A ServiceEvent according to SSSO is an event that is provided as product. Examples of ServiceEvent and ServiceFulfillment include a particular purchase of a product in a shop, a specific attendance at a performance, and a certain lending of a book in a library. The event is an activity in time that is typically provided by one or more service:ServiceProvider (e.g. a shop, presenter, or library) and consumed by one or more service:ServiceConsumer (e.g. a customer, attendee, or patron).
The following diagram illustrates the classes and properties defined in this ontology:
nextService / previousService ------ | | v v +--------------------+ | ServiceEvent | | | | ReservedService | | PreparedService | | ProvidedService | | ExecutedService | | RejectedService | | | | ServiceFulfillment | +-----^--------------+ | ^ | | ------ dcterms:hasPart / dcterms:partOf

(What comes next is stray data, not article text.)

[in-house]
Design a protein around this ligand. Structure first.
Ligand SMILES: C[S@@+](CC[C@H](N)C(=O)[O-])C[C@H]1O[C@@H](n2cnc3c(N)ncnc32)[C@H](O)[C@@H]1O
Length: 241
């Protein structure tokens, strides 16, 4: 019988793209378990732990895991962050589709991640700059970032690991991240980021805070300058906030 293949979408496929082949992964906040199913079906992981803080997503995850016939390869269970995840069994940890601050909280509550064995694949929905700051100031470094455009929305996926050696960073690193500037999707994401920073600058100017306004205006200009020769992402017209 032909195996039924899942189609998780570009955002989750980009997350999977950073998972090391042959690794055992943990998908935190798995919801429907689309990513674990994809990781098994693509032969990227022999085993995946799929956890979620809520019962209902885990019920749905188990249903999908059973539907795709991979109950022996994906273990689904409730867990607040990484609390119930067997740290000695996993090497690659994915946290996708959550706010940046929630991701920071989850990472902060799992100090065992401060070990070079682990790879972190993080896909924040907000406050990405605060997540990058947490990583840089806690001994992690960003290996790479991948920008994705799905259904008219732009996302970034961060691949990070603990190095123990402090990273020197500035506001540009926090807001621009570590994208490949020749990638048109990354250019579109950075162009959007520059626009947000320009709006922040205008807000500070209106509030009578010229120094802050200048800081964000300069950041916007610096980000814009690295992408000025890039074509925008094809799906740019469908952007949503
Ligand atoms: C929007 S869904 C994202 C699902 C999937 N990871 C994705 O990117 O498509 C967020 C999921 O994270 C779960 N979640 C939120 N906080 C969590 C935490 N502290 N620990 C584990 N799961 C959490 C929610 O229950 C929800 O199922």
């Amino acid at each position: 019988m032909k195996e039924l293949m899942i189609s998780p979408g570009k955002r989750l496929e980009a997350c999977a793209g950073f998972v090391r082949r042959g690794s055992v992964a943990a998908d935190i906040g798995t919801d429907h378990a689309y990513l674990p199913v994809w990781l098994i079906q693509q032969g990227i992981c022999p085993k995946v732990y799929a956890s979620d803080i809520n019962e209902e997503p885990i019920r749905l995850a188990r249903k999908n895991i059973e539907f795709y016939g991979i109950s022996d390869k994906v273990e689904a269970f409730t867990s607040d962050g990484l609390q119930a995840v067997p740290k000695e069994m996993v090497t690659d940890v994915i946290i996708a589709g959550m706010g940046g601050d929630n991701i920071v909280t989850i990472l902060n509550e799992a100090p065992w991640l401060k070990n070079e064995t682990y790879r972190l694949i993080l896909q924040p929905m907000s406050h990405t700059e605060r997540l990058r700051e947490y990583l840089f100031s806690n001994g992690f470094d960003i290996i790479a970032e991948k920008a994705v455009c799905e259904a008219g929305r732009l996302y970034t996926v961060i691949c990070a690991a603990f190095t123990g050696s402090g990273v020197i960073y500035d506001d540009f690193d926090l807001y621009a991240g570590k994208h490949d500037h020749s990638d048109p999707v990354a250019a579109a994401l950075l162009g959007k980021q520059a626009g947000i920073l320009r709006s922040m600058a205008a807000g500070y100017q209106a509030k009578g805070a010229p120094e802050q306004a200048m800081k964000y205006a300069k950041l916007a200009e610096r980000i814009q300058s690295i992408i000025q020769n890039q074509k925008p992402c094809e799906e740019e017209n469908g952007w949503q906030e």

SSSO defines five typical service status as disjoint subclasses of ServiceEvent. Multiple ServiceEvent that belong to one ServiceFulfillment SHOULD be connected in time with properties nextService and previousService. An actual ServiceFulfillment does not need to implement all of these service status.
A ReservedService is in status reserved:
the service has been accepted for execution but no action has taken place. Possible examples include an order of a product that must be paid in advance but has not been paid yet, or the reservation of a book in a library that is not accesible yet.
A PreparedService is in status prepared:
the execution is being prepared but is has not actually started. A possible example is a product being sent to the customer.
A ProvidedService is in status provided: